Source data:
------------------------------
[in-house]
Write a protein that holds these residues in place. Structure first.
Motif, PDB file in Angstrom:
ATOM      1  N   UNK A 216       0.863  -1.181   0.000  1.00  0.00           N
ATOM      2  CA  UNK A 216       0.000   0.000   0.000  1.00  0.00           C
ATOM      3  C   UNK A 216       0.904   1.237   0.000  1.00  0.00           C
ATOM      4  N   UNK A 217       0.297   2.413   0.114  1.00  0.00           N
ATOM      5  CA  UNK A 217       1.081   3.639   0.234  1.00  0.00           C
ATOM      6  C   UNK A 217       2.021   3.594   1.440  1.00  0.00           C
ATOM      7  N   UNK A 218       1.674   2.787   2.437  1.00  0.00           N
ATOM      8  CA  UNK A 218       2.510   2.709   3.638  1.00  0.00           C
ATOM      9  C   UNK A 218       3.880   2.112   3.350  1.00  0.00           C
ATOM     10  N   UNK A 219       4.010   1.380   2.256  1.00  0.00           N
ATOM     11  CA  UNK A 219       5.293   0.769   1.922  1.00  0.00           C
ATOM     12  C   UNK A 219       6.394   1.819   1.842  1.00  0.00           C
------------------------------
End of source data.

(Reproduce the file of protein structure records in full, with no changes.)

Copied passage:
[in-house]
Write a protein that holds these residues in place. Structure first.
Motif, PDB file in Angstrom:
ATOM      1  N   UNK A 216       0.863  -1.181   0.000  1.00  0.00           N
ATOM      2  CA  UNK A 216       0.000   0.000   0.000  1.00  0.00           C
ATOM      3  C   UNK A 216       0.904   1.237   0.000  1.00  0.00           C
ATOM      4  N   UNK A 217       0.297   2.413   0.114  1.00  0.00           N
ATOM      5  CA  UNK A 217       1.081   3.639   0.234  1.00  0.00           C
ATOM      6  C   UNK A 217       2.021   3.594   1.440  1.00  0.00           C
ATOM      7  N   UNK A 218       1.674   2.787   2.437  1.00  0.00           N
ATOM      8  CA  UNK A 218       2.510   2.709   3.638  1.00  0.00           C
ATOM      9  C   UNK A 218       3.880   2.112   3.350  1.00  0.00           C
ATOM     10  N   UNK A 219       4.010   1.380   2.256  1.00  0.00           N
ATOM     11  CA  UNK A 219       5.293   0.769   1.922  1.00  0.00           C
ATOM     12  C   UNK A 219       6.394   1.819   1.842  1.00  0.00           C